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The headquarters of the U.S. Food and Drug Administration is seen in Silver Spring, Maryland. Photo Reuters

The headquarters of the U.S. Food and Drug Administration is seen in Silver Spring, Maryland. Photo Reuters

From the Soapman Blog

The FDA is looking for industry guidance in defining “natural” as it relates to consumer products. Here’s a perspective from the Soapman.

With the coming of the counterculture in the sixties and seventies a new paradigm for the concept of natural arose as applied to consumer products. This sub-culture elucidated a bio-based frame of reference for deciding which products were natural and which were not. Natural in this context came to mean plant-based rather than petroleum based, and this provides a solid starting point to work from.

Products that are more bio-based are by default more natural. To me this leads to the suggestion that perhaps natural like “organic” needs levels of naturalness. Following the lead of the National Organic Program we could perhaps have categories such as: 100% natural, 95% natural, and made with natural (70%), all relating to the percentage of bio-base content. Something to consider.

While this conveys the gist of the issue there is clearly more to the concept of natural than plant-based content alone. Natural is also a code word for safe and nontoxic. This is the consumer expectation. Ingredients that are suspected carcinogens, even when bio-based, must by definition be excluded from products designated as natural. Pthalates, phenols, chlorine compounds, hydroquinone, steroids, synthetic detergents and anything petrol based would thus be excluded.

Coal tar-derived colors such as Lake and FD&C colors are by definition, source, and toxicity not natural. Similarly, artificial fragrances and scents (often the same molecule) are not natural.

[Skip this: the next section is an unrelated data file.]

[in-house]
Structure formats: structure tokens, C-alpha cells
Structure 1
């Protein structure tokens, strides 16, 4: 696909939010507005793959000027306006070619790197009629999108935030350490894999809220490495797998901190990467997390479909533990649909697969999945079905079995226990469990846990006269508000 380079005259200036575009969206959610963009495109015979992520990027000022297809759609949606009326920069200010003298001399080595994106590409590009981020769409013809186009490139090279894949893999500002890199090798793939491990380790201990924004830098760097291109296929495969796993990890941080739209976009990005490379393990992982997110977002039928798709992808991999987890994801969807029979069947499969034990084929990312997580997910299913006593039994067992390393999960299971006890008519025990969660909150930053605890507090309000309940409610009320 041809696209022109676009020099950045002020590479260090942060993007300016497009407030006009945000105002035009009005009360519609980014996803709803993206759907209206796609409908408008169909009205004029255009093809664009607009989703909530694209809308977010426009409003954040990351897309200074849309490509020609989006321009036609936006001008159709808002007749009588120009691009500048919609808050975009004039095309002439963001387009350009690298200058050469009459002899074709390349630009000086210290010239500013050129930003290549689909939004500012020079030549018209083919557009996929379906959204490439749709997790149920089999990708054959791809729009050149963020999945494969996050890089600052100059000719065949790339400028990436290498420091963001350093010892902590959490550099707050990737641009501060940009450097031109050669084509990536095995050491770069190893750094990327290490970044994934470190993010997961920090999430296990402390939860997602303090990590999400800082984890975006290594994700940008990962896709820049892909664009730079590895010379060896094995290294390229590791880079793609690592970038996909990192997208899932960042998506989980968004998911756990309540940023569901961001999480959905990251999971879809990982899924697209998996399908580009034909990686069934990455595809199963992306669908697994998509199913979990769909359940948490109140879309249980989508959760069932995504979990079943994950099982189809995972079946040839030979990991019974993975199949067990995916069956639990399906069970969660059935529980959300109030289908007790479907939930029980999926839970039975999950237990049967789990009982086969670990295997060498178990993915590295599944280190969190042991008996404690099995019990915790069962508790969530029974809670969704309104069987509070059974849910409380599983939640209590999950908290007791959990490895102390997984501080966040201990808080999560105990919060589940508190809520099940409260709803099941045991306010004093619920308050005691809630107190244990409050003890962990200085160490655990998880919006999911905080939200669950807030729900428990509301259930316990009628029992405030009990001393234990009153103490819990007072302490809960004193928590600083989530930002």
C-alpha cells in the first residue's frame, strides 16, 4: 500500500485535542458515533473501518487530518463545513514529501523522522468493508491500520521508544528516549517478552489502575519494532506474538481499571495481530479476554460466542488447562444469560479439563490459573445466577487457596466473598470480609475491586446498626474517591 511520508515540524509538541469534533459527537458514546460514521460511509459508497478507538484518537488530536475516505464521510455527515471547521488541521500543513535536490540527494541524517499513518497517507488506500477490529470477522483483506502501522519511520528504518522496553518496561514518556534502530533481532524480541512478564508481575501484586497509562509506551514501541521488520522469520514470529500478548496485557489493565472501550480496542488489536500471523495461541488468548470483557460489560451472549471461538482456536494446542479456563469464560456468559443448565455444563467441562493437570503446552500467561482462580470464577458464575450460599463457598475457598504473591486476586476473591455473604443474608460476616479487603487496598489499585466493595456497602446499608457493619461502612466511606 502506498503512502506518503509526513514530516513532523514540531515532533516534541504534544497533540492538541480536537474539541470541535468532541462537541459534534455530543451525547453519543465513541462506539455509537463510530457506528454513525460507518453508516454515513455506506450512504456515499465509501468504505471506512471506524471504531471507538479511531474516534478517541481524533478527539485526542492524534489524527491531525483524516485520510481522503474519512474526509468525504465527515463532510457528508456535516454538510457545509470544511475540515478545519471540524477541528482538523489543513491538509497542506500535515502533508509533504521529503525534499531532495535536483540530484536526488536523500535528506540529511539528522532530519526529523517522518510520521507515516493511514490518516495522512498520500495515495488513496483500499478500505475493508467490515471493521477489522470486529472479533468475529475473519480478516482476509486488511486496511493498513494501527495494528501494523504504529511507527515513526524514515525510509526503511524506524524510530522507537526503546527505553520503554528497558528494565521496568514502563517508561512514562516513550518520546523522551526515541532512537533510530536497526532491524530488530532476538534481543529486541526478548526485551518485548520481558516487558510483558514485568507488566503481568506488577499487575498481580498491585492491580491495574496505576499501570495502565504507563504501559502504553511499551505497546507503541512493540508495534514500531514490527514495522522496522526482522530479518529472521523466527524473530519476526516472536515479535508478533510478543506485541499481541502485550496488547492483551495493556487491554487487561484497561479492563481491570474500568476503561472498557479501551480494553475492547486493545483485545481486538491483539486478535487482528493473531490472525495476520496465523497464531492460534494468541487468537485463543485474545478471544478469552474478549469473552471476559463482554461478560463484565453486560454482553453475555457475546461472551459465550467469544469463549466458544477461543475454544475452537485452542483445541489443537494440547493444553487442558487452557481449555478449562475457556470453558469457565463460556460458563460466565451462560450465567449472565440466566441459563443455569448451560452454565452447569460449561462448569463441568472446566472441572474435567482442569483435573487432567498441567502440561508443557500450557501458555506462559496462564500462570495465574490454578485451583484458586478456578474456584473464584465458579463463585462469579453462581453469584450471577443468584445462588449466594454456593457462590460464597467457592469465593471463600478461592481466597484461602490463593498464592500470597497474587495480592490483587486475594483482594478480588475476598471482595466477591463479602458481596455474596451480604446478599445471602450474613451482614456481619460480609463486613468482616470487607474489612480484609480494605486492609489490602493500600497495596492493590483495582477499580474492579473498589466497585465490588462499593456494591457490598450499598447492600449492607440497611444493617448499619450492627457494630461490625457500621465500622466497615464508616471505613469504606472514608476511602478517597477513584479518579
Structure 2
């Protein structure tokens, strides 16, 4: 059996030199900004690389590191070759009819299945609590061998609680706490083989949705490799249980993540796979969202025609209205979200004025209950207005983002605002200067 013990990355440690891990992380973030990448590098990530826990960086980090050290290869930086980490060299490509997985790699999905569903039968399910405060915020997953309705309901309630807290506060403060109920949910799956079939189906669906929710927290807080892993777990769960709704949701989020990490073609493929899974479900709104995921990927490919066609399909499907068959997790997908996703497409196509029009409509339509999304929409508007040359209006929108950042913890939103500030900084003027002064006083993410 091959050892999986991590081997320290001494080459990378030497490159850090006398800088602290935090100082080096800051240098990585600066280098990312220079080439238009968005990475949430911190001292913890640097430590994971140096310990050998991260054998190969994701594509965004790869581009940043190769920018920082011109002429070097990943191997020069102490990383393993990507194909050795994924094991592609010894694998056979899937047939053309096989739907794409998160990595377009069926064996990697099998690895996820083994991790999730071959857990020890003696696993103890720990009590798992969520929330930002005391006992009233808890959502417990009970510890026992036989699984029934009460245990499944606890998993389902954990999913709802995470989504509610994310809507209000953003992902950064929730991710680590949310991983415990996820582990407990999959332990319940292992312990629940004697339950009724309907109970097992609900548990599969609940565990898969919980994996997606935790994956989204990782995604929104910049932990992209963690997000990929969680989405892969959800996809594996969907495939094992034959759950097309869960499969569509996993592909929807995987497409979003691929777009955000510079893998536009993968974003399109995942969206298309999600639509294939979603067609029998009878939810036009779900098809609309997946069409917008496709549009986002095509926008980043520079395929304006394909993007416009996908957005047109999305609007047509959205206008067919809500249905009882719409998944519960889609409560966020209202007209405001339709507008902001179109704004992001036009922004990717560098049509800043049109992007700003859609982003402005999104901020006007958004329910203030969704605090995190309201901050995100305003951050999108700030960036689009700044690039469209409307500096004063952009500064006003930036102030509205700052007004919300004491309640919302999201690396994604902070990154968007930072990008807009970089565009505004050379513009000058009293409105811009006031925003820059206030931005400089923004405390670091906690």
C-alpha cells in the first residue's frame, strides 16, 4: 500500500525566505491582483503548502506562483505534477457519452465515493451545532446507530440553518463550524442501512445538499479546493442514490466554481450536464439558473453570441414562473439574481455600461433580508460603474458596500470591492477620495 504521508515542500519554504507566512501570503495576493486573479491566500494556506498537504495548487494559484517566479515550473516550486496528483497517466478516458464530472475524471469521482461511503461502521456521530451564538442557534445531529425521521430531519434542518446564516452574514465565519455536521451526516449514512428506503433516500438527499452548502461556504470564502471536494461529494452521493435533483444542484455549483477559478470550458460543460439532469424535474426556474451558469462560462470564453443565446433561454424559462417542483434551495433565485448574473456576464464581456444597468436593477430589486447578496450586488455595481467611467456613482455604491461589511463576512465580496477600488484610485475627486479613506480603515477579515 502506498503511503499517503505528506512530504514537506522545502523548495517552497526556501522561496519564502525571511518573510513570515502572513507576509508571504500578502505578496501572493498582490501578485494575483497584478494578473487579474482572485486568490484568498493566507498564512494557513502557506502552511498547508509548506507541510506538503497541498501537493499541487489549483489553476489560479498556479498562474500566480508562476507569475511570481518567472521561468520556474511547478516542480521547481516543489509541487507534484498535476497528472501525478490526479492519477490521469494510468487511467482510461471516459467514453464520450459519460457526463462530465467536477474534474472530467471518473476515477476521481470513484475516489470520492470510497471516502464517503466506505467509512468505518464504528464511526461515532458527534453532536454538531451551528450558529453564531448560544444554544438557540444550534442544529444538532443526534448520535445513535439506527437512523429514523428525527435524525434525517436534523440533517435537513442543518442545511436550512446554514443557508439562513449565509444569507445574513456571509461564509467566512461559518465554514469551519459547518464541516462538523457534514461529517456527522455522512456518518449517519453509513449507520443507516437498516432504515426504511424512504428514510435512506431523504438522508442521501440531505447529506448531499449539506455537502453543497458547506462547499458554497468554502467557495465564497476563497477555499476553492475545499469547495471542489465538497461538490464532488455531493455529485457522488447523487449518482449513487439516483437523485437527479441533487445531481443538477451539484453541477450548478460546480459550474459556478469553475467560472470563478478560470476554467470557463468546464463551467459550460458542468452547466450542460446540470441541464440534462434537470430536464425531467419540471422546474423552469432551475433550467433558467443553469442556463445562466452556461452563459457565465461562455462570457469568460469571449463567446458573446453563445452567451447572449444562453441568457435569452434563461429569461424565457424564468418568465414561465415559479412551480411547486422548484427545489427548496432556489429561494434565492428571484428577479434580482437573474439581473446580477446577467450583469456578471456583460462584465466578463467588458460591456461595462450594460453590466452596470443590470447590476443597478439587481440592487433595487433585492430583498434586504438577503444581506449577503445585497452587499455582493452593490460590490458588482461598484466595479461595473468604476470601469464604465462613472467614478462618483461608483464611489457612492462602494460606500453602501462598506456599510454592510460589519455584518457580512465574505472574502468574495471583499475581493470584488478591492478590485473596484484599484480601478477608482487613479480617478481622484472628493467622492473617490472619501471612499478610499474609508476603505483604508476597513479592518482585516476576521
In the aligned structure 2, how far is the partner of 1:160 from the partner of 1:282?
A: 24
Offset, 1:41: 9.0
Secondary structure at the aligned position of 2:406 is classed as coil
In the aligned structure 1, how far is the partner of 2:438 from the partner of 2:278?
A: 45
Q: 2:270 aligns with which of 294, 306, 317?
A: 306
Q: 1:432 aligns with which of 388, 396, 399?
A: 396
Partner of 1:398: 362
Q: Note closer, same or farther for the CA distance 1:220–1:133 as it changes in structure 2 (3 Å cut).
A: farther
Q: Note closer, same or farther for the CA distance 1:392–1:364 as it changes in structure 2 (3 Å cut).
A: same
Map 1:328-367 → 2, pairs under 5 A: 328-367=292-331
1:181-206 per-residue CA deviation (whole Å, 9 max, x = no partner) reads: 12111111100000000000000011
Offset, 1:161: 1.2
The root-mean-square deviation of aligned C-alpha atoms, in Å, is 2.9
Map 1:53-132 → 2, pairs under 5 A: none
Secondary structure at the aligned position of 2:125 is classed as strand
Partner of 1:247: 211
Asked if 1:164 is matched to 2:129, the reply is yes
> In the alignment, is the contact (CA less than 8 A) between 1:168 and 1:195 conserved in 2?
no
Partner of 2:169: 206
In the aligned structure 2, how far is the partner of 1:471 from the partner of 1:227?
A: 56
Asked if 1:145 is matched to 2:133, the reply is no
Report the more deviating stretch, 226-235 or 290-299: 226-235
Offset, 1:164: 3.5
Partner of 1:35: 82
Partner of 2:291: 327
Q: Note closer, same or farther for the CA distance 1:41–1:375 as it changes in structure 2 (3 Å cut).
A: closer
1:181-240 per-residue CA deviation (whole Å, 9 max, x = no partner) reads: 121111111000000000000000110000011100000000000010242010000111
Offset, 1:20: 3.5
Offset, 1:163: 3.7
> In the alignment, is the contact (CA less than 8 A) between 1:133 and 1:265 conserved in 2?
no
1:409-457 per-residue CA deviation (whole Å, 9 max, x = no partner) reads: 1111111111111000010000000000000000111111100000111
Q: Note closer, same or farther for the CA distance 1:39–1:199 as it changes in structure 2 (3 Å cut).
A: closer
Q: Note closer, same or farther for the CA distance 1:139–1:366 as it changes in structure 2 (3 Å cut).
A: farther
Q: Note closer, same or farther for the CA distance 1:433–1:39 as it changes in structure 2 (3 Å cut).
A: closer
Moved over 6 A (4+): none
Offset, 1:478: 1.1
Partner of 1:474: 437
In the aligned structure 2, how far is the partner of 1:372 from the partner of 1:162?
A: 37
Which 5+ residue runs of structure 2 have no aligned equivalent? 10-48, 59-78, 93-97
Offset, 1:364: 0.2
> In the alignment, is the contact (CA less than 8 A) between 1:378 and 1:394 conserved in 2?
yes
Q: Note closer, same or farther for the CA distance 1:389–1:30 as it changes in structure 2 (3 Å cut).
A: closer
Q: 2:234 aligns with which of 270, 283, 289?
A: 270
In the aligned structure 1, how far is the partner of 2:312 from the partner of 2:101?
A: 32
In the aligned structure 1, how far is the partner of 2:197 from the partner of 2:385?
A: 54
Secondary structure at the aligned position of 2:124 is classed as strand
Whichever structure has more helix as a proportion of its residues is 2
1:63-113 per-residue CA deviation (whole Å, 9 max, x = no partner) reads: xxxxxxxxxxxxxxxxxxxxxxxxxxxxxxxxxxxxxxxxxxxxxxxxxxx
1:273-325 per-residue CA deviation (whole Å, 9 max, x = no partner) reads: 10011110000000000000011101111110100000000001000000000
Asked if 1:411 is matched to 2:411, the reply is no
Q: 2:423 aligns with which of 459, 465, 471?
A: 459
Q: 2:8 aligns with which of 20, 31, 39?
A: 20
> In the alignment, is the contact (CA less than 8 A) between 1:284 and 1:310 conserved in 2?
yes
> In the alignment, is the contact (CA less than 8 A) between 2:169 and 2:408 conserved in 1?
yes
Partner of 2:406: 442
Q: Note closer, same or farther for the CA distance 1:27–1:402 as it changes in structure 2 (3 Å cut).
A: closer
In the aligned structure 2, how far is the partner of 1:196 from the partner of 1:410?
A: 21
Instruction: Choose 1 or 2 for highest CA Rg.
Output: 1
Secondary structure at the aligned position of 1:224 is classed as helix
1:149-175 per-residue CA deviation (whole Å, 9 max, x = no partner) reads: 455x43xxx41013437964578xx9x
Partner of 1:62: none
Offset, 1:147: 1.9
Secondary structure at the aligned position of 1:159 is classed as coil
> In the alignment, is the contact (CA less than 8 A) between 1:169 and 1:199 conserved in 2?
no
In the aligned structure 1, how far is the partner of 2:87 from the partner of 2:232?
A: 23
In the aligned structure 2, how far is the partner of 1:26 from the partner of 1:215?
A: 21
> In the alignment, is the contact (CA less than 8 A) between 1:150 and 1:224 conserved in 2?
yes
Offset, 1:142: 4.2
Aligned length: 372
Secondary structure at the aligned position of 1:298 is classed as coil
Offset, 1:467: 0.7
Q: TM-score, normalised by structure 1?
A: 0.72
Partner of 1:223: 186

Heavily processed materials are not considered natural, while lightly processed products and ingredients are. Processing methods are part of consumer expectations of natural. Cold-pressed, citric acid or clay- refined oils are natural. Hydrogenated or hexane-refined oils are not.

Lightly processed clays, muds and salts and natural. Highly processed mined minerals are not. Mineral colors, while marketed as natural, are not natural and some may even be dangerous.

Ethanol is natural. Other forms of alcohol are not. Methanol might be the fuel of the future but it is toxic to humans and thus not natural for personal care product marketing claims. Isopropyl is a petro-based product and thus not natural.

Hybridized and heirloom seed stock is definitely natural. Genetically modified seeds and food products are not. GMO products have yet to prove their safety over time to the majority of natural-minded consumers who think about these things. Hybrids are natural, bio-engineered plants are not.

Radiological minerals are found in nature. But they are neither safe nor non-toxic and thus are excluded from the natural in products designation. So uranium in your shampoo – not natural.

To summarize, natural care products are by definition plant-based, safe and nontoxic, non-GMO and lightly processed. Or to put it another way, “natural” means as close to original form as is feasible and effective.

Is the FDA listening?

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